Adoption & Attachment Related Issues
Reactive attachment disorder (“RAD”) and other attachment problems occur in children who have been unable to consistently connect with a parent or primary caregiver especially during the period between birth and five (5) years of age. This can happen for many reasons:
- No one looks at, talks to, or smiles at a baby leaving the baby to feel alone for extended periods of time
- A child is mistreated or abused
- A child may have its needs met on occasion and neglected on others so that the child does not know what to expect
- A baby or child is moved from one caregiver to another (can be the result of adoption, foster care of the loss of a parent)
- Parents or primary caregivers are otherwise unavailable to the children for extended periods of time in manners that are unpredictable
Early Warning Signs and Symptoms of Insecure Attachment
Attachment problems fall on a broad spectrum from mild problems that are relatively easily addressed to RAD which is considered the most serious attachment disorder. It is important to note that the early symptoms of attachment disorders may mimic other issues such as ADHD and autism. If a parent recognizes any of the symptoms of attachment disorders they should contact a mental health care professional as soon as possible.
Common Signs and Symptoms of Reactive Attachment Disorder
- An aversion to touch and physical affection. Children with RAD often flinch, laugh or even say “ouch” when touched. Rather than producing positive feelings, touch and affection are perceived as a threat.
- Control issues. Most children suffering from RAD go to great lengths to remain in control and avoid feeling helpless. They are often disobedient, defiant and argumentative.
- Anger problems. Children suffering from RAD often express significant levels of anger either directly by acting out or through passive-aggressive behavior.
- Difficulty showing genuine care and affection. Perhaps the best illustration of this sign is that children with RAD will often show inappropriate levels of affection to strangers or relative strangers while displaying little or no affection towards their parents.
- An underdeveloped conscience. Children with RAD may act like they don’t have a conscience and fail to show guilt, regret or remorse for behaving in inappropriate manner.
Inhibited Reactive Attachment Disorder v. Disinhibited Reactive Attachment Disorder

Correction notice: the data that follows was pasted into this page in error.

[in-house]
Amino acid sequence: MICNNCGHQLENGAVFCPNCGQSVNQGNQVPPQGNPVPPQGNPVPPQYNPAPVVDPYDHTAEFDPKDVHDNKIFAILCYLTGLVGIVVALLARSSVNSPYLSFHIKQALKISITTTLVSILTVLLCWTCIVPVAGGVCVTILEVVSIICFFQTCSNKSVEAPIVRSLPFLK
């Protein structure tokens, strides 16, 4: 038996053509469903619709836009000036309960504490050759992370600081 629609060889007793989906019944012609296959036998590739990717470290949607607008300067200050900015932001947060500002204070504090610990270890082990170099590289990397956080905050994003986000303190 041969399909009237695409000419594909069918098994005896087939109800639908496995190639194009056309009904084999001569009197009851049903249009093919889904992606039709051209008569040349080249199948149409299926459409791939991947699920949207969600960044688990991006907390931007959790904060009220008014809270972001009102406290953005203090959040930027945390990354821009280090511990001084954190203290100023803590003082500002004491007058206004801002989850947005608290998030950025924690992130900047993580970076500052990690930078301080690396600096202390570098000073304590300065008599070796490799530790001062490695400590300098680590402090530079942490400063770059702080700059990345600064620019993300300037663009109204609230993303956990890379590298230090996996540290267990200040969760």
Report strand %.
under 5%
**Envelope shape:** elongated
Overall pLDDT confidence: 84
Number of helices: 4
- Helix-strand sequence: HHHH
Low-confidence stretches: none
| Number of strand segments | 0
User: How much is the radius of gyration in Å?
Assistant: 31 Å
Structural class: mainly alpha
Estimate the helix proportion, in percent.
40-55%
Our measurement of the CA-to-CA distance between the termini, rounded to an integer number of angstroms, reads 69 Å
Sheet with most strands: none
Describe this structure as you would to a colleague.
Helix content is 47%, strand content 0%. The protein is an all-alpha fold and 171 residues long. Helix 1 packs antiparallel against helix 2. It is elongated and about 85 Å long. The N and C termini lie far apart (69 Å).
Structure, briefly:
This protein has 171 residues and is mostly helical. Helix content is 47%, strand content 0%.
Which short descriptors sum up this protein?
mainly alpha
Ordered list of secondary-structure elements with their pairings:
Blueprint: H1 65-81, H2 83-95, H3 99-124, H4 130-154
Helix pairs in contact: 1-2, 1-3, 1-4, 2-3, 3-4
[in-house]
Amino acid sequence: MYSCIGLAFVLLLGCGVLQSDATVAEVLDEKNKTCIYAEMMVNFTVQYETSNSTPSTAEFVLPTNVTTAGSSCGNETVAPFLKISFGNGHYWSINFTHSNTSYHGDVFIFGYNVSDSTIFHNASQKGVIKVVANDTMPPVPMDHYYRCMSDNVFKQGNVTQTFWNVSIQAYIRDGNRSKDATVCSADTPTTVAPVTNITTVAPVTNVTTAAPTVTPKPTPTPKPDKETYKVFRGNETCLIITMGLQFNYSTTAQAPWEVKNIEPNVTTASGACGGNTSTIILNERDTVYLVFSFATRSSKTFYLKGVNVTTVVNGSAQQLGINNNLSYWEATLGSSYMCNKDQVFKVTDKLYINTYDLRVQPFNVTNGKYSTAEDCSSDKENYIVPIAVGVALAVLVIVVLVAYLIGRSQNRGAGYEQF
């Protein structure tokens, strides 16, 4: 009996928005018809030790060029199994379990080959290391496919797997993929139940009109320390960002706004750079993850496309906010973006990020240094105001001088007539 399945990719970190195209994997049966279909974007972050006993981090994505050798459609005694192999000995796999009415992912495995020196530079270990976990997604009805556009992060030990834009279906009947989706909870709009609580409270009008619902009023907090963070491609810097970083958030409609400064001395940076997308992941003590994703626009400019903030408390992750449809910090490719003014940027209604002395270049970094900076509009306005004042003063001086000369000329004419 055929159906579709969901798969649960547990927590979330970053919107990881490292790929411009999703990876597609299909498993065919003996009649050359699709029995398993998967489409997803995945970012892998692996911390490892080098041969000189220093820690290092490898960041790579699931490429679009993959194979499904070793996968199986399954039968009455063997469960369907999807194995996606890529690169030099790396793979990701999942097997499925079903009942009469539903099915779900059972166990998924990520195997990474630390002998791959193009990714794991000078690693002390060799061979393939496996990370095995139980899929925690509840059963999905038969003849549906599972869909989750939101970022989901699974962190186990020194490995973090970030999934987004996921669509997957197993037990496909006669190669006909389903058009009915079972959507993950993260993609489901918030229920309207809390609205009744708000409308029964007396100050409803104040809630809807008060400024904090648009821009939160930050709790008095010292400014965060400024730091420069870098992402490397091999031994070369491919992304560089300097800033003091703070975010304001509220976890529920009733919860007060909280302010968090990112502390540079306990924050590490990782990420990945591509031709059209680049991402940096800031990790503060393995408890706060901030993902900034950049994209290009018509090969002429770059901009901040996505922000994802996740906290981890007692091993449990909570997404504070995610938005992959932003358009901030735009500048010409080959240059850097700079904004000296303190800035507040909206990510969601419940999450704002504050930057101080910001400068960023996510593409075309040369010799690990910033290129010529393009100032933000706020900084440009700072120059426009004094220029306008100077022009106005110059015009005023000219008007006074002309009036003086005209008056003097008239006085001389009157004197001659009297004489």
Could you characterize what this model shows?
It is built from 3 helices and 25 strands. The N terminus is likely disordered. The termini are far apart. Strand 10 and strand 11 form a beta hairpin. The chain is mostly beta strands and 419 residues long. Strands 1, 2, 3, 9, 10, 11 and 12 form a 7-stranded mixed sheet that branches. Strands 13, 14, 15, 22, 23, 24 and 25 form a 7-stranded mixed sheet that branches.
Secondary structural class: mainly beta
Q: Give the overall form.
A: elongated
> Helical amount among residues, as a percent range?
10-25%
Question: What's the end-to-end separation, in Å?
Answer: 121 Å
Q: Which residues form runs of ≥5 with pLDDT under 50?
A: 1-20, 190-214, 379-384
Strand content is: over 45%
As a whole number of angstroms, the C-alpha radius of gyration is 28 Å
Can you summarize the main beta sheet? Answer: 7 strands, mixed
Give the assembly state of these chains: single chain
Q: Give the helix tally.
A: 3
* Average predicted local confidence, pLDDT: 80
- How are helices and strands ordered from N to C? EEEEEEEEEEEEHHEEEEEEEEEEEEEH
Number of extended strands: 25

As children with RAD grow into adolescence it is common that the RAD will manifest itself through either Inhibited RAD or Uninhibited RAD. It is important to understand the two conditions result from RAD because they have substantially differing manifestations:
- Inhibited symptoms of RAD. In inhibited RAD, the child is extremely withdrawn, emotionally detached and resistant to comforting. The child is hyper-aware of what’s going on around him or her, but does not or will not react or respond. He or she may push others away, ignore them or even act out in aggression when others try to get close to them.
- Disinhibited symptoms of RAD. In uninhibited RAD, the child doesn’t seem to prefer his or her parents over other people including complete strangers. The child seeks comfort and attention from virtually anyone, even complete strangers, without distinction. He or she is extremely dependent, acts much younger than his or her age and may appear chronically anxious.
Tips for parenting a child with RAD
Parenting a child with RAD can be exhausting, overwhelming and emotionally trying at times. The following represent a few tips for parents who are parenting a child with RAD:
- Have realistic expectations. Helping a child with RAD will likely be a long and difficult road. Focus on making small steps forward and celebrate every success not matter how small or insignificant it may seem.
- Patience is essential. The process will likely not be as rapid as you may like and you can expect bumps and detours along the way. But by remaining patient and focusing on small improvements you can create an atmosphere of safety for your child.
- Foster a sense of humor and joy. Joy and humor go a long way toward assisting with RAD problems and energizing you and those around you through the process. Find at least a couple of people or activities that help you laugh and feel good.
- Take care of yourself and manage your stress. Reduce other demands on your time and make time for yourself. Rest, good nutrition, exercise and parenting breaks can help you relax and recharge so that you can be a better support to your child.
- Find support and ask for help. Rely on friends and family, community resources and respite care when available. Try to ask before the need for help becomes critical or to the breaking point. There are numerous support groups for parents who have children suffering from RAD and many find it very helpful to be amongst those dealing with the same issues.
- Stay positive and hopeful. Be sensitive to the fact that children pick up on feelings, sometimes children with RAD are hyper-sensitive to such feelings. If they sense you are discouraged, it will likely discourage them as well. When you are feeling discouraged, seek assistance and support from others.
What should a parent do if they are unable to care for a child suffering from RAD?
If your child is suffering from RAD and you are unable to care for the child, seek professional help immediately. Havenwood specializes in helping teenagers who suffer from RAD. We would be happy to consult with you to determine how we can help–CALL NOW.
Think Havenwood Might Be For You?
We encourage any visitors considering placing their daughter in treatment to fill out our online assessment as soon as possible. This two minute form will give our admissions team all the information needed to determine if your daughter is a good fit for our program.